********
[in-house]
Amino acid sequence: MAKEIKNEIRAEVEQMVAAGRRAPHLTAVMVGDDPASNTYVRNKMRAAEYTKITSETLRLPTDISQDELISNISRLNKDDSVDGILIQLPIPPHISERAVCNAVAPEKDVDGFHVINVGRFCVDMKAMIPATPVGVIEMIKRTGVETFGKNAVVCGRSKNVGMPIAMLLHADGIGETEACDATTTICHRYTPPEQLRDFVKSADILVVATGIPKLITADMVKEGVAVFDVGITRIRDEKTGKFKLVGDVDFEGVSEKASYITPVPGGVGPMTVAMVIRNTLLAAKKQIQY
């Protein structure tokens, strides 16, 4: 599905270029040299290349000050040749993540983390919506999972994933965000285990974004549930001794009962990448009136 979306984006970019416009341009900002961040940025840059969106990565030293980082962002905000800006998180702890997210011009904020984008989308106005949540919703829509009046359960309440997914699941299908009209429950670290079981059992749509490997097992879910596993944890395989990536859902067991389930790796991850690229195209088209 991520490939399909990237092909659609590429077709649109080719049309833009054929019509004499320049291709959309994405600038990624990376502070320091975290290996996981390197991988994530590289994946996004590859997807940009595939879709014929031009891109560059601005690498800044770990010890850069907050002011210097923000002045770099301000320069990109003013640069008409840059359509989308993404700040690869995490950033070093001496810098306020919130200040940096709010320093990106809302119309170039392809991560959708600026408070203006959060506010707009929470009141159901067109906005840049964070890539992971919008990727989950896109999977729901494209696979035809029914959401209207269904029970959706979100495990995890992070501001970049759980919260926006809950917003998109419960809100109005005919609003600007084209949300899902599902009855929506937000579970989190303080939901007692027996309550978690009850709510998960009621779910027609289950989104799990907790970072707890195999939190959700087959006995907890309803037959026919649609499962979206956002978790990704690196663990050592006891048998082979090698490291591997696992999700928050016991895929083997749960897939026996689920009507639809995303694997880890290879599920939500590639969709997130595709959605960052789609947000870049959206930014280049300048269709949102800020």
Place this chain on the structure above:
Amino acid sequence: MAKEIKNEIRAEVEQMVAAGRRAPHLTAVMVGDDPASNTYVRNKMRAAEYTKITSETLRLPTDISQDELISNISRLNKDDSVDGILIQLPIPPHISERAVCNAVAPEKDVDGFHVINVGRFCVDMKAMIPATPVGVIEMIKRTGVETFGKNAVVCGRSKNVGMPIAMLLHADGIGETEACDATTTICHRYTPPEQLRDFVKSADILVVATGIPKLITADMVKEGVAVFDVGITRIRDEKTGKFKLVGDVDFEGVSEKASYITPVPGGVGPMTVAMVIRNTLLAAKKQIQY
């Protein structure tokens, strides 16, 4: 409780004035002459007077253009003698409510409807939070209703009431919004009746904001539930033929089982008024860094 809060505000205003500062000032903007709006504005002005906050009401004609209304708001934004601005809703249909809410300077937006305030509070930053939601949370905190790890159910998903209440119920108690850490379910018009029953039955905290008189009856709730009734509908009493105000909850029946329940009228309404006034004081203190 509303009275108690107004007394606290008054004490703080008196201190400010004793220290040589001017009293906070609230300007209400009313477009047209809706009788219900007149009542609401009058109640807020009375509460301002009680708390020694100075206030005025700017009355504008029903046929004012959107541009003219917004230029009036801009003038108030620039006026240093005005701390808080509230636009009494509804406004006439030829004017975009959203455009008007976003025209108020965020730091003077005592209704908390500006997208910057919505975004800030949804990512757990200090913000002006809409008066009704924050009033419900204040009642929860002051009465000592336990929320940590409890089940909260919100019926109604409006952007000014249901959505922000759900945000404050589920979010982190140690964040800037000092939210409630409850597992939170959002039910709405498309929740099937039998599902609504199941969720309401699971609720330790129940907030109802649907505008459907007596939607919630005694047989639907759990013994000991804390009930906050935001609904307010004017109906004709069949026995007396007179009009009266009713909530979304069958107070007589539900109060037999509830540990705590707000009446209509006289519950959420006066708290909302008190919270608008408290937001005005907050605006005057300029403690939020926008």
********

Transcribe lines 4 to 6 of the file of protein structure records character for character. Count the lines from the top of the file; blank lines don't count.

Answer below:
Place this chain on the structure above:
Amino acid sequence: MAKEIKNEIRAEVEQMVAAGRRAPHLTAVMVGDDPASNTYVRNKMRAAEYTKITSETLRLPTDISQDELISNISRLNKDDSVDGILIQLPIPPHISERAVCNAVAPEKDVDGFHVINVGRFCVDMKAMIPATPVGVIEMIKRTGVETFGKNAVVCGRSKNVGMPIAMLLHADGIGETEACDATTTICHRYTPPEQLRDFVKSADILVVATGIPKLITADMVKEGVAVFDVGITRIRDEKTGKFKLVGDVDFEGVSEKASYITPVPGGVGPMTVAMVIRNTLLAAKKQIQY
């Protein structure tokens, strides 16, 4: 409780004035002459007077253009003698409510409807939070209703009431919004009746904001539930033929089982008024860094 809060505000205003500062000032903007709006504005002005906050009401004609209304708001934004601005809703249909809410300077937006305030509070930053939601949370905190790890159910998903209440119920108690850490379910018009029953039955905290008189009856709730009734509908009493105000909850029946329940009228309404006034004081203190 509303009275108690107004007394606290008054004490703080008196201190400010004793220290040589001017009293906070609230300007209400009313477009047209809706009788219900007149009542609401009058109640807020009375509460301002009680708390020694100075206030005025700017009355504008029903046929004012959107541009003219917004230029009036801009003038108030620039006026240093005005701390808080509230636009009494509804406004006439030829004017975009959203455009008007976003025209108020965020730091003077005592209704908390500006997208910057919505975004800030949804990512757990200090913000002006809409008066009704924050009033419900204040009642929860002051009465000592336990929320940590409890089940909260919100019926109604409006952007000014249901959505922000759900945000404050589920979010982190140690964040800037000092939210409630409850597992939170959002039910709405498309929740099937039998599902609504199941969720309401699971609720330790129940907030109802649907505008459907007596939607919630005694047989639907759990013994000991804390009930906050935001609904307010004017109906004709069949026995007396007179009009009266009713909530979304069958107070007589539900109060037999509830540990705590707000009446209509006289519950959420006066708290909302008190919270608008408290937001005005907050605006005057300029403690939020926008």